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Group buys former Armour meatpacking site in Stockyards

The 16.8-acre site of the historic, former Armour meatpacking plant in Fort Worth’s Stockyards has changed hands, and its new owners aren’t saying anything about their plans. Chesapeake Land Development Co., which bought the site

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Hulen Pointe Shopping Center sold

Hulen Pointe Shopping Center, located in southwest Fort Worth on South Hulen Street one mile south of Hulen Mall, has been purchased by Addison-based Bo Avery with TriMarsh Properties for an undisclosed price.

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Dallas-Fort Worth in top five commercial real estate markets in 2015

According to the Emerging Trends in Real Estate 2015 report, just co-published by PwC US and the Urban Land Institute (ULI), Dallas-Fort Worth ranks No. 5, with two other Texas cities, Houston and Austin ranking at No. 1 and 2 respectively. San Francisco ranks No. 3 and Denver No. 4.

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Social House Fort Worth plans to open mid-November

Social House has leased 5,045 square feet at 2801-2873 W Seventh St. in Fort Worth, according to Xceligent Inc.

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Fort Worth temporarily stops issuing new home permits in TCU area

The moratorium will give a committee and the City Council time to review a proposed overlay that will pare the number of permissible unrelated adults living in the same house.

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Oil falls as US shows signs of patchy growth


PAMELA SAMPSON, AP Business Writer

BANGKOK (AP) — Oil prices fell again Thursday amid worries about the U.S. economy and signs of a slowdown in demand.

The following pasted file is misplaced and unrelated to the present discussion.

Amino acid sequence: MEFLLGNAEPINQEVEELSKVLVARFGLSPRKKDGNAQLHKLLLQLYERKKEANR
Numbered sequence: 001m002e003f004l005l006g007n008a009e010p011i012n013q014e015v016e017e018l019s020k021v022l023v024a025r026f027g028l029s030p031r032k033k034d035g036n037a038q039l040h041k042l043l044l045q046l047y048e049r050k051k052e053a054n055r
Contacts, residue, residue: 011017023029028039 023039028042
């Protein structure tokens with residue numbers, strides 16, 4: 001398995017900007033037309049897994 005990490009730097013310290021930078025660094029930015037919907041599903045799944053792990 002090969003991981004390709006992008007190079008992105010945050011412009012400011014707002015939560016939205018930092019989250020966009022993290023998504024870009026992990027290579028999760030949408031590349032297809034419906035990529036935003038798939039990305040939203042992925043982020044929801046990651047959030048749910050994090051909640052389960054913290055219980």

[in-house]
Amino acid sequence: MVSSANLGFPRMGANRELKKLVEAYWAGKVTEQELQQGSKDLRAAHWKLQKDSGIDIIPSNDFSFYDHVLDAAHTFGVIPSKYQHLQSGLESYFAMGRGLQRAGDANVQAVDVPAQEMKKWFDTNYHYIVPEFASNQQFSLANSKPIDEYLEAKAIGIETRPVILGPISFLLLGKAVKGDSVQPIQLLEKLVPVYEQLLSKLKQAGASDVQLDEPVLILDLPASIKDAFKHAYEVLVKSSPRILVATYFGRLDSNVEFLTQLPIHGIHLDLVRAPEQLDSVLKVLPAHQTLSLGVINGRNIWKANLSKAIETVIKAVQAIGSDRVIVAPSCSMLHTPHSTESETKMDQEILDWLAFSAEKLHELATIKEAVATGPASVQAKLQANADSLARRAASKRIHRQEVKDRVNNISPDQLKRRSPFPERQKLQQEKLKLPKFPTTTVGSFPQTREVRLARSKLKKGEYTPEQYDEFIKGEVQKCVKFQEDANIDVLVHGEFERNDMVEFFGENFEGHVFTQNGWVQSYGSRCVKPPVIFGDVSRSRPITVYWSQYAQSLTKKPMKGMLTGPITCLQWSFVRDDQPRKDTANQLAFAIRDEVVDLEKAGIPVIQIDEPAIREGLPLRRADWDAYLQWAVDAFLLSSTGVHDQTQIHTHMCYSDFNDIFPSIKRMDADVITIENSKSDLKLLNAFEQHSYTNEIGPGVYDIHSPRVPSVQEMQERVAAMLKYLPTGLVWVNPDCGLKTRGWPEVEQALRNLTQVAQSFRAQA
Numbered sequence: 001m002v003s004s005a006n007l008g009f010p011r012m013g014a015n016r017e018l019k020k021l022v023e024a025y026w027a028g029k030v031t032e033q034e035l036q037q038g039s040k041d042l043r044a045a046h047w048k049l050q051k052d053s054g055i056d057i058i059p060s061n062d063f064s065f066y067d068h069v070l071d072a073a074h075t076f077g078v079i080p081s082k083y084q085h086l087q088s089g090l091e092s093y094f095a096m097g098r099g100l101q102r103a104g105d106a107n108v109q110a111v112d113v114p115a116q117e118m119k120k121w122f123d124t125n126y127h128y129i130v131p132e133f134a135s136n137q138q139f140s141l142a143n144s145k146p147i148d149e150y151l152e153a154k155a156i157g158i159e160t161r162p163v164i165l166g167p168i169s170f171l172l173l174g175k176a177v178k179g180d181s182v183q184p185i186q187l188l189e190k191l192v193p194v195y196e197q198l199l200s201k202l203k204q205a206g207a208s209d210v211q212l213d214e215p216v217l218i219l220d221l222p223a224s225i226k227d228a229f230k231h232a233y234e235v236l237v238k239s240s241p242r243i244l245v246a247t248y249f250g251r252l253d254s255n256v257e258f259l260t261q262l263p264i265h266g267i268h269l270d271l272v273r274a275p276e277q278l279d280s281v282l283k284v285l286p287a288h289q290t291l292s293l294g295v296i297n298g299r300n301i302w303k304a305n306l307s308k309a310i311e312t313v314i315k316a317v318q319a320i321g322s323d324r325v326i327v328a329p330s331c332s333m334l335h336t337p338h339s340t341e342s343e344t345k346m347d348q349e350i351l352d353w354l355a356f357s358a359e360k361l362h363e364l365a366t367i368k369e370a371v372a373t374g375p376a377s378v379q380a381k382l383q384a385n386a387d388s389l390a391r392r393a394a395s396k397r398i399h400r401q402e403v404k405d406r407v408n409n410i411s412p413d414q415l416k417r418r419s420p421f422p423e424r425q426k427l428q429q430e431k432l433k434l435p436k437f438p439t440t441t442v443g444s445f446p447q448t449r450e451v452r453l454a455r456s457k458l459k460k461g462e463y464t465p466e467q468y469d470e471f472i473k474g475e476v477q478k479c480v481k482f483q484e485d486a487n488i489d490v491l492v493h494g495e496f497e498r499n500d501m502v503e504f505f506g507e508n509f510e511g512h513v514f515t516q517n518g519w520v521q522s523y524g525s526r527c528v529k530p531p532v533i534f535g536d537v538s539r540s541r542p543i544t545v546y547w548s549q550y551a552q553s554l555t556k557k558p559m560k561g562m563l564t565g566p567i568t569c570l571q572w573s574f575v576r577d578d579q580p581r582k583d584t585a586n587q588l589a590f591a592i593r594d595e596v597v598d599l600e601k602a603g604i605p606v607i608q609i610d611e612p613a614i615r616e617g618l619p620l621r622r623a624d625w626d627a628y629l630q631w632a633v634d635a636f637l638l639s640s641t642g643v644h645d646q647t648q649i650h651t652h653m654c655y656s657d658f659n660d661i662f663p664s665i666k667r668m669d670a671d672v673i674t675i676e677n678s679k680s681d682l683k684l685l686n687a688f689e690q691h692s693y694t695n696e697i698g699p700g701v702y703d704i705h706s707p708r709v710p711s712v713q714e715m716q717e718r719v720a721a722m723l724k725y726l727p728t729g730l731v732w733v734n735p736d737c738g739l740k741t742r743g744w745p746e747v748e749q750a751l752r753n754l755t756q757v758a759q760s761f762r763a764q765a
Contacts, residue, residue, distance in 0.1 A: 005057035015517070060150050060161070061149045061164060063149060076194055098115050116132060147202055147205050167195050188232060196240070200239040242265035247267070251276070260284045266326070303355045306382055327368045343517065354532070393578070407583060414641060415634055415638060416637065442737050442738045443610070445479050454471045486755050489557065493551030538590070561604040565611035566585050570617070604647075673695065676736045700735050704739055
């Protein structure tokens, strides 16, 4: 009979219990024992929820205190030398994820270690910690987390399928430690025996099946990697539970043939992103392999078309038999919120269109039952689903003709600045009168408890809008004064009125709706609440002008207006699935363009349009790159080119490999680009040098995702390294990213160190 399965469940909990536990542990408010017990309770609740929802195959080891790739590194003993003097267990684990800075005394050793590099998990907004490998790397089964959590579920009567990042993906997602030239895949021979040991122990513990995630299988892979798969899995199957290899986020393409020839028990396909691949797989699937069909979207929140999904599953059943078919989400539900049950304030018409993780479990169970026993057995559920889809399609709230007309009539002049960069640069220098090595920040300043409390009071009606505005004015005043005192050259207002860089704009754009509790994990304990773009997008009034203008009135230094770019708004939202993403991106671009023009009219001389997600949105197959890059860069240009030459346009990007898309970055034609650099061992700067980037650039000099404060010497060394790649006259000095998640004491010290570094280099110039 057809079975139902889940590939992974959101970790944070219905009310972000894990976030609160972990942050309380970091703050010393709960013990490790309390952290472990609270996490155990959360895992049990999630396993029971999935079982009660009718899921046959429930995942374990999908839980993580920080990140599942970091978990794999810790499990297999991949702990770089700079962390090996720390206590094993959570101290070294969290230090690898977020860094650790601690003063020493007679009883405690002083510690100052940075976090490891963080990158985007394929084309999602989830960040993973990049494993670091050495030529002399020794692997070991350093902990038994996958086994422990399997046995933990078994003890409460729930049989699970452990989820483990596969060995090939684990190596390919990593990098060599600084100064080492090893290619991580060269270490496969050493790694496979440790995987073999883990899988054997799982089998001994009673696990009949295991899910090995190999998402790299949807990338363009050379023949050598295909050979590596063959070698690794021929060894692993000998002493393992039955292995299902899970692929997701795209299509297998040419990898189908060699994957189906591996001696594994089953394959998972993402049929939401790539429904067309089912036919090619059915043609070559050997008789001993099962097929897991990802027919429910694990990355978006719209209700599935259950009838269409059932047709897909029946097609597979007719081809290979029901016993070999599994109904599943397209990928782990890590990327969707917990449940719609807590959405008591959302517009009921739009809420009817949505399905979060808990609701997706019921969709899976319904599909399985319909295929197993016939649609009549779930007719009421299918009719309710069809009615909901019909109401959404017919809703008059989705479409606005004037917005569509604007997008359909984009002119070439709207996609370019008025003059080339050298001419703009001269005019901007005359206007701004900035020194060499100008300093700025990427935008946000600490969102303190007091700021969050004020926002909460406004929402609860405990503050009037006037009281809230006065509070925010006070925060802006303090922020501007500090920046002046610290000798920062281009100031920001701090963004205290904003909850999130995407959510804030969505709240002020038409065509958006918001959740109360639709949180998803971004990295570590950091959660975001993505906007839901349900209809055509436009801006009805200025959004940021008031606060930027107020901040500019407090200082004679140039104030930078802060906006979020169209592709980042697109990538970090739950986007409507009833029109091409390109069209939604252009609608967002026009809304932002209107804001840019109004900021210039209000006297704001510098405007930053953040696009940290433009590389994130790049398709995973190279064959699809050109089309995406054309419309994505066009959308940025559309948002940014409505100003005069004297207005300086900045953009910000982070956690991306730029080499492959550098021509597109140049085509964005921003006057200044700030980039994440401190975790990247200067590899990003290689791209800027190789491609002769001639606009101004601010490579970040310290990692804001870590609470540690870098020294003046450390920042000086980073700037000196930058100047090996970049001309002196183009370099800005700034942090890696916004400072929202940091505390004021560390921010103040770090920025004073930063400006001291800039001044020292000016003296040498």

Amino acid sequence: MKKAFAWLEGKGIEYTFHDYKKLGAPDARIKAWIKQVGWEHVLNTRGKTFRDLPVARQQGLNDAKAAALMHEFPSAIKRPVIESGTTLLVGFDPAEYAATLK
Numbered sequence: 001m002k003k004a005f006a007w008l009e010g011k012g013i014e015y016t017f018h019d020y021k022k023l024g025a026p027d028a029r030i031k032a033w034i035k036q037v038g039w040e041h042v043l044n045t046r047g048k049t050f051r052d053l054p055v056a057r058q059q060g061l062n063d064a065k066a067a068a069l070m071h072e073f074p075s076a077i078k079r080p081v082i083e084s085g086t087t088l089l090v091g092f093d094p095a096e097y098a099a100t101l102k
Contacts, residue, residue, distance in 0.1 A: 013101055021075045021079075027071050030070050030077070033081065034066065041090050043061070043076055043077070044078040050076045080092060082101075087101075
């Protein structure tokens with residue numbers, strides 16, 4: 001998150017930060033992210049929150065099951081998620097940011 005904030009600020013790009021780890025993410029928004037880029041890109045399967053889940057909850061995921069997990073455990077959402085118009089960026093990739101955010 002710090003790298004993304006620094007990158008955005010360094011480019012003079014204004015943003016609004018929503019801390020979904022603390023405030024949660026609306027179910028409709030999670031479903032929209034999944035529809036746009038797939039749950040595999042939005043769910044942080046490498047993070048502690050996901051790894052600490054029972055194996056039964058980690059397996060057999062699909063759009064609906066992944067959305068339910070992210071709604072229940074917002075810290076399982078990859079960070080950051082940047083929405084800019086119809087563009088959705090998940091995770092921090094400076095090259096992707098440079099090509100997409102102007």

Benchmark oil for November delivery was down 33 cents to $102.33 per barrel at midday Bangkok time in electronic trading on the New York Mercantile Exchange. The contract dropped 47 cents on Wednesday to finish at $102.66 a barrel, the lowest closing price since July 3.

Oil has fallen 7 percent since closing at a two-year high of $110.53 on Sept. 6. Since then, diplomatic efforts have averted a U.S. military strike against Syria, and tense relations between the U.S. and Iran have shown signs of a thaw. As a result, the market has removed the so-called political risk premium from oil, which some analysts put at about $5 to $6 a barrel.

But worries about the U.S. economy continued to trouble traders. Orders for durable goods, which are big ticket items expected to last at least three years, increased a disappointing 0.1 percent in August, held back by a decline in demand for defense aircraft and other military goods.

Meanwhile, demand for so-called core capital goods rose 1.5 percent, not enough to reverse the decline of 3.3 percent the previous month. Core capital goods are a good measure of businesses' confidence in the economy and include items that point to expansion, such as machinery and computers.

"This suggests that businesses continue to remain cautious on spending amidst uncertainties," said Cynthia Kalasopatan of Mizuho bank Ltd. in Singapore in a market commentary.

Meanwhile, supply numbers pointed toward a possible slip in demand. The American Petroleum Institute reported a slight drop in U.S. crude oil for the week ended Sept. 20 while the U.S. Energy Department said supplies increased by 2.6 million barrels that week.

Brent crude, the benchmark for international crudes used by many U.S. refineries, slipped 11 cents to $108.21 a barrel on the ICE Futures exchange in London.

In other energy futures trading on Nymex:

— Wholesale gasoline fell 0.6 cent to $2.651 per gallon.

— Natural gas rose 0.7 cent at $3.50 per 1,000 cubic feet.

— Heating oil fell 1.3 cents to $2.97 per gallon.

 

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